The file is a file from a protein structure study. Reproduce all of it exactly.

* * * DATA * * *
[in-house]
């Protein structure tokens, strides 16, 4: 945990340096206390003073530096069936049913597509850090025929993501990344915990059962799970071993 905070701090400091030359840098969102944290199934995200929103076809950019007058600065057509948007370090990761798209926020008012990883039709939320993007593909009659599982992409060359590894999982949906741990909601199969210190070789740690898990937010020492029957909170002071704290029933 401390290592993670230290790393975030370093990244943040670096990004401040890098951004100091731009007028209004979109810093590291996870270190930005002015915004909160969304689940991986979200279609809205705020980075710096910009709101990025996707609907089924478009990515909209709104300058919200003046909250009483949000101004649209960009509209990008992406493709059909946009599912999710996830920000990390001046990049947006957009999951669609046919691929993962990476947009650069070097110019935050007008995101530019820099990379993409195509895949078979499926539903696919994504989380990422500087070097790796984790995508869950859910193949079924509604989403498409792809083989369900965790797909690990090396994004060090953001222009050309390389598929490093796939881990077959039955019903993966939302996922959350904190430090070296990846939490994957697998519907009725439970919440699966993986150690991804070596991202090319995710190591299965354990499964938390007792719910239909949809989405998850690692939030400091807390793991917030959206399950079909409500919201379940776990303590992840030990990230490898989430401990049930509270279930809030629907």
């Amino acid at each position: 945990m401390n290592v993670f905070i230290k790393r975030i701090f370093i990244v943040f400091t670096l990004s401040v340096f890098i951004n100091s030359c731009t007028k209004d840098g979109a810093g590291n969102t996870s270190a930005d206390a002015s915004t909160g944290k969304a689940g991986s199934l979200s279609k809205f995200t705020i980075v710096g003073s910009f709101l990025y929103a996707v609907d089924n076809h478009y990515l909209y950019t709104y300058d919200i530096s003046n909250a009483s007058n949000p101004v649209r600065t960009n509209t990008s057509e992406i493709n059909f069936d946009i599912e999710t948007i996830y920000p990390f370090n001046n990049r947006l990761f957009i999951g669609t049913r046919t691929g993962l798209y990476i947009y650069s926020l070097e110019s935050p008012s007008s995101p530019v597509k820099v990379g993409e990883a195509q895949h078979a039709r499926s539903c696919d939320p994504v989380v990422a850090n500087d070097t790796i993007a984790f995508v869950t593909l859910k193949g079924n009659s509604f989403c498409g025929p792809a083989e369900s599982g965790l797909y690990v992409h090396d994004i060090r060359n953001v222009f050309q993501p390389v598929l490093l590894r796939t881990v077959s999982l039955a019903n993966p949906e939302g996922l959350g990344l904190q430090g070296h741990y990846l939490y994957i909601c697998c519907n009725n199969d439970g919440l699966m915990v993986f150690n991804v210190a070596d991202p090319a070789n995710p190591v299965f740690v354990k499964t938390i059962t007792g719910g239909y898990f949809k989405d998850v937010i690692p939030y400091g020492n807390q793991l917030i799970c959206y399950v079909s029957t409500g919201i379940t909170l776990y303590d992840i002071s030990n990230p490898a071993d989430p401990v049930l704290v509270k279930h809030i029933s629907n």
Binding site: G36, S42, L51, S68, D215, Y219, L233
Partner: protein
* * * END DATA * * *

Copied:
[in-house]
């Protein structure tokens, strides 16, 4: 945990340096206390003073530096069936049913597509850090025929993501990344915990059962799970071993 905070701090400091030359840098969102944290199934995200929103076809950019007058600065057509948007370090990761798209926020008012990883039709939320993007593909009659599982992409060359590894999982949906741990909601199969210190070789740690898990937010020492029957909170002071704290029933 401390290592993670230290790393975030370093990244943040670096990004401040890098951004100091731009007028209004979109810093590291996870270190930005002015915004909160969304689940991986979200279609809205705020980075710096910009709101990025996707609907089924478009990515909209709104300058919200003046909250009483949000101004649209960009509209990008992406493709059909946009599912999710996830920000990390001046990049947006957009999951669609046919691929993962990476947009650069070097110019935050007008995101530019820099990379993409195509895949078979499926539903696919994504989380990422500087070097790796984790995508869950859910193949079924509604989403498409792809083989369900965790797909690990090396994004060090953001222009050309390389598929490093796939881990077959039955019903993966939302996922959350904190430090070296990846939490994957697998519907009725439970919440699966993986150690991804070596991202090319995710190591299965354990499964938390007792719910239909949809989405998850690692939030400091807390793991917030959206399950079909409500919201379940776990303590992840030990990230490898989430401990049930509270279930809030629907």
């Amino acid at each position: 945990m401390n290592v993670f905070i230290k790393r975030i701090f370093i990244v943040f400091t670096l990004s401040v340096f890098i951004n100091s030359c731009t007028k209004d840098g979109a810093g590291n969102t996870s270190a930005d206390a002015s915004t909160g944290k969304a689940g991986s199934l979200s279609k809205f995200t705020i980075v710096g003073s910009f709101l990025y929103a996707v609907d089924n076809h478009y990515l909209y950019t709104y300058d919200i530096s003046n909250a009483s007058n949000p101004v649209r600065t960009n509209t990008s057509e992406i493709n059909f069936d946009i599912e999710t948007i996830y920000p990390f370090n001046n990049r947006l990761f957009i999951g669609t049913r046919t691929g993962l798209y990476i947009y650069s926020l070097e110019s935050p008012s007008s995101p530019v597509k820099v990379g993409e990883a195509q895949h078979a039709r499926s539903c696919d939320p994504v989380v990422a850090n500087d070097t790796i993007a984790f995508v869950t593909l859910k193949g079924n009659s509604f989403c498409g025929p792809a083989e369900s599982g965790l797909y690990v992409h090396d994004i060090r060359n953001v222009f050309q993501p390389v598929l490093l590894r796939t881990v077959s999982l039955a019903n993966p949906e939302g996922l959350g990344l904190q430090g070296h741990y990846l939490y994957i909601c697998c519907n009725n199969d439970g919440l699966m915990v993986f150690n991804v210190a070596d991202p090319a070789n995710p190591v299965f740690v354990k499964t938390i059962t007792g719910g239909y898990f949809k989405d998850v937010i690692p939030y400091g020492n807390q793991l917030i799970c959206y399950v079909s029957t409500g919201i379940t909170l776990y303590d992840i002071s030990n990230p490898a071993d989430p401990v049930l704290v509270k279930h809030i029933s629907n």
Binding site: G36, S42, L51, S68, D215, Y219, L233
Partner: protein